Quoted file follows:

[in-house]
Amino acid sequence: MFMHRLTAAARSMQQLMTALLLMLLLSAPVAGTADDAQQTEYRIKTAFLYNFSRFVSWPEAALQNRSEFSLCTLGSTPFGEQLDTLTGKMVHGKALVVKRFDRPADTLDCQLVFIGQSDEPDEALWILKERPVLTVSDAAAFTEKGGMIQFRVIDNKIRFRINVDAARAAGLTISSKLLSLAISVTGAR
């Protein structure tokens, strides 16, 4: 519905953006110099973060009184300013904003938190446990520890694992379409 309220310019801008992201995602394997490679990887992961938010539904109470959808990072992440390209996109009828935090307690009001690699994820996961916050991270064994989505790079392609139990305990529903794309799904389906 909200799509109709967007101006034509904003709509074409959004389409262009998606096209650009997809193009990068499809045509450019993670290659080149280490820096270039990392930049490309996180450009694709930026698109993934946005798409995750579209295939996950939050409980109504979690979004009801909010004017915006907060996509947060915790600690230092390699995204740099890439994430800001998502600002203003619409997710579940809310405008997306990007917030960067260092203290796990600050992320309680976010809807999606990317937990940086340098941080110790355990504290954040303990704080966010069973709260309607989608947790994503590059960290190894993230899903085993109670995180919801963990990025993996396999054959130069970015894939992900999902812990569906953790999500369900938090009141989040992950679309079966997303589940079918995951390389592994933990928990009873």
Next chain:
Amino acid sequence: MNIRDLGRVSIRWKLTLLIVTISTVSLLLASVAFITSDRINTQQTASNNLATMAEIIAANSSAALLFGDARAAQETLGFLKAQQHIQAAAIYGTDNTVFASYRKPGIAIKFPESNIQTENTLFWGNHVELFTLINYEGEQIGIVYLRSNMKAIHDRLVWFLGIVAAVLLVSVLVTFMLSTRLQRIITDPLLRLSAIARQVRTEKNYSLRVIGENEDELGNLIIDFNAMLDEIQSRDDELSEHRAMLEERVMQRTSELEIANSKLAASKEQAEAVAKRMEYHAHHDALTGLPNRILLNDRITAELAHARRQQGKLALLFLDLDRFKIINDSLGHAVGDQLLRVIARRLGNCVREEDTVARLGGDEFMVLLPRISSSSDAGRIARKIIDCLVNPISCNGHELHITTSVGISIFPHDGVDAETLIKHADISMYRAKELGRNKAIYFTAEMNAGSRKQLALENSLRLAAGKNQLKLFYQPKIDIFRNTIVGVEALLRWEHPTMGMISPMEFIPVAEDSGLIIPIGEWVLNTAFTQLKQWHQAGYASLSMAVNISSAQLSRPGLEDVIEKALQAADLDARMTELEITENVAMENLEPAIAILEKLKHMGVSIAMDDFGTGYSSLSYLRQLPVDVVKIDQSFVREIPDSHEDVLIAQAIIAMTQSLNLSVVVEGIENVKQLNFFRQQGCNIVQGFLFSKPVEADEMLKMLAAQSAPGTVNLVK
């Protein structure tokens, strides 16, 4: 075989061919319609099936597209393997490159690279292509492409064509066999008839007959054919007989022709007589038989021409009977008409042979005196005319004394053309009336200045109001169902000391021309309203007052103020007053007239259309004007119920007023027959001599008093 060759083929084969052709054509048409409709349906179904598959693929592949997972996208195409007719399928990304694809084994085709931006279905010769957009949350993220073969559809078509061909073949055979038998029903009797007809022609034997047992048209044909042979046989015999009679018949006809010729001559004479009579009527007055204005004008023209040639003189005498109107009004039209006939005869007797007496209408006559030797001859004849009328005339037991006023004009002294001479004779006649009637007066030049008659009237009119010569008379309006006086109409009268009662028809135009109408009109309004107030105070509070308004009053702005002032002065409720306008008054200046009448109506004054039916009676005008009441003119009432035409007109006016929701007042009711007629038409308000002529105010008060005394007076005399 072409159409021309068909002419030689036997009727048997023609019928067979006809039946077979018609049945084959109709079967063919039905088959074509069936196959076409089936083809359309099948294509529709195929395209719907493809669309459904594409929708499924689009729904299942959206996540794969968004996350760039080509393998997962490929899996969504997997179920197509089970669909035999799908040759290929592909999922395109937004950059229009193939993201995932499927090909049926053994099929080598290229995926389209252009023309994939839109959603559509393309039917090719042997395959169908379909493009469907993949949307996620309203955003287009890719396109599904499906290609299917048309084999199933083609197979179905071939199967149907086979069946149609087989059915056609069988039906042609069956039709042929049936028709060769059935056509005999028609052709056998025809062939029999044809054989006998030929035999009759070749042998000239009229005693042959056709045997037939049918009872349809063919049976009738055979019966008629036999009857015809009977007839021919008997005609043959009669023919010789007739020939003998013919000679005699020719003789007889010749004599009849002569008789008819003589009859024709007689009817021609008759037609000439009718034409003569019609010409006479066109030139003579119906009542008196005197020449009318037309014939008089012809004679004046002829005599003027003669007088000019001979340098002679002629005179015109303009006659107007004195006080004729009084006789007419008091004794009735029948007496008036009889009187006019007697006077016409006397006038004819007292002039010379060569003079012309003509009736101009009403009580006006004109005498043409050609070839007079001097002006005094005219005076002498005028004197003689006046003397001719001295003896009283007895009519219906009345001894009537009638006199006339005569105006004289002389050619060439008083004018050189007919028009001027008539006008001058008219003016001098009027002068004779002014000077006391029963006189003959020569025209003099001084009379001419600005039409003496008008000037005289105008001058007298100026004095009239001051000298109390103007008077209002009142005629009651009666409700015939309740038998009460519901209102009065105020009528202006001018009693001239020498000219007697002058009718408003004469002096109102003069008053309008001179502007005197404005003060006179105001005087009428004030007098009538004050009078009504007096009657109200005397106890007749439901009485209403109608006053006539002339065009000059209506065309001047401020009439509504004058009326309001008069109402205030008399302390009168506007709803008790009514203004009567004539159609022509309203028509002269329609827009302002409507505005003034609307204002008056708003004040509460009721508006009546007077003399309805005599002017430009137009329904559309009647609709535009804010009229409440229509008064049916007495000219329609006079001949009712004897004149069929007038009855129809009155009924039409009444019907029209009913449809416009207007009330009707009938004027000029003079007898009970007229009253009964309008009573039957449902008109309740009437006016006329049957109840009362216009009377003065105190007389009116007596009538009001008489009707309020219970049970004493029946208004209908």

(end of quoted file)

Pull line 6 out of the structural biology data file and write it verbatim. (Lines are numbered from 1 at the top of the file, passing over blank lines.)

């Protein structure tokens, strides 16, 4: 075989061919319609099936597209393997490159690279292509492409064509066999008839007959054919007989022709007589038989021409009977008409042979005196005319004394053309009336200045109001169902000391021309309203007052103020007053007239259309004007119920007023027959001599008093 060759083929084969052709054509048409409709349906179904598959693929592949997972996208195409007719399928990304694809084994085709931006279905010769957009949350993220073969559809078509061909073949055979038998029903009797007809022609034997047992048209044909042979046989015999009679018949006809010729001559004479009579009527007055204005004008023209040639003189005498109107009004039209006939005869007797007496209408006559030797001859004849009328005339037991006023004009002294001479004779006649009637007066030049008659009237009119010569008379309006006086109409009268009662028809135009109408009109309004107030105070509070308004009053702005002032002065409720306008008054200046009448109506004054039916009676005008009441003119009432035409007109006016929701007042009711007629038409308000002529105010008060005394007076005399 072409159409021309068909002419030689036997009727048997023609019928067979006809039946077979018609049945084959109709079967063919039905088959074509069936196959076409089936083809359309099948294509529709195929395209719907493809669309459904594409929708499924689009729904299942959206996540794969968004996350760039080509393998997962490929899996969504997997179920197509089970669909035999799908040759290929592909999922395109937004950059229009193939993201995932499927090909049926053994099929080598290229995926389209252009023309994939839109959603559509393309039917090719042997395959169908379909493009469907993949949307996620309203955003287009890719396109599904499906290609299917048309084999199933083609197979179905071939199967149907086979069946149609087989059915056609069988039906042609069956039709042929049936028709060769059935056509005999028609052709056998025809062939029999044809054989006998030929035999009759070749042998000239009229005693042959056709045997037939049918009872349809063919049976009738055979019966008629036999009857015809009977007839021919008997005609043959009669023919010789007739020939003998013919000679005699020719003789007889010749004599009849002569008789008819003589009859024709007689009817021609008759037609000439009718034409003569019609010409006479066109030139003579119906009542008196005197020449009318037309014939008089012809004679004046002829005599003027003669007088000019001979340098002679002629005179015109303009006659107007004195006080004729009084006789007419008091004794009735029948007496008036009889009187006019007697006077016409006397006038004819007292002039010379060569003079012309003509009736101009009403009580006006004109005498043409050609070839007079001097002006005094005219005076002498005028004197003689006046003397001719001295003896009283007895009519219906009345001894009537009638006199006339005569105006004289002389050619060439008083004018050189007919028009001027008539006008001058008219003016001098009027002068004779002014000077006391029963006189003959020569025209003099001084009379001419600005039409003496008008000037005289105008001058007298100026004095009239001051000298109390103007008077209002009142005629009651009666409700015939309740038998009460519901209102009065105020009528202006001018009693001239020498000219007697002058009718408003004469002096109102003069008053309008001179502007005197404005003060006179105001005087009428004030007098009538004050009078009504007096009657109200005397106890007749439901009485209403109608006053006539002339065009000059209506065309001047401020009439509504004058009326309001008069109402205030008399302390009168506007709803008790009514203004009567004539159609022509309203028509002269329609827009302002409507505005003034609307204002008056708003004040509460009721508006009546007077003399309805005599002017430009137009329904559309009647609709535009804010009229409440229509008064049916007495000219329609006079001949009712004897004149069929007038009855129809009155009924039409009444019907029209009913449809416009207007009330009707009938004027000029003079007898009970007229009253009964309008009573039957449902008109309740009437006016006329049957109840009362216009009377003065105190007389009116007596009538009001008489009707309020219970049970004493029946208004209908």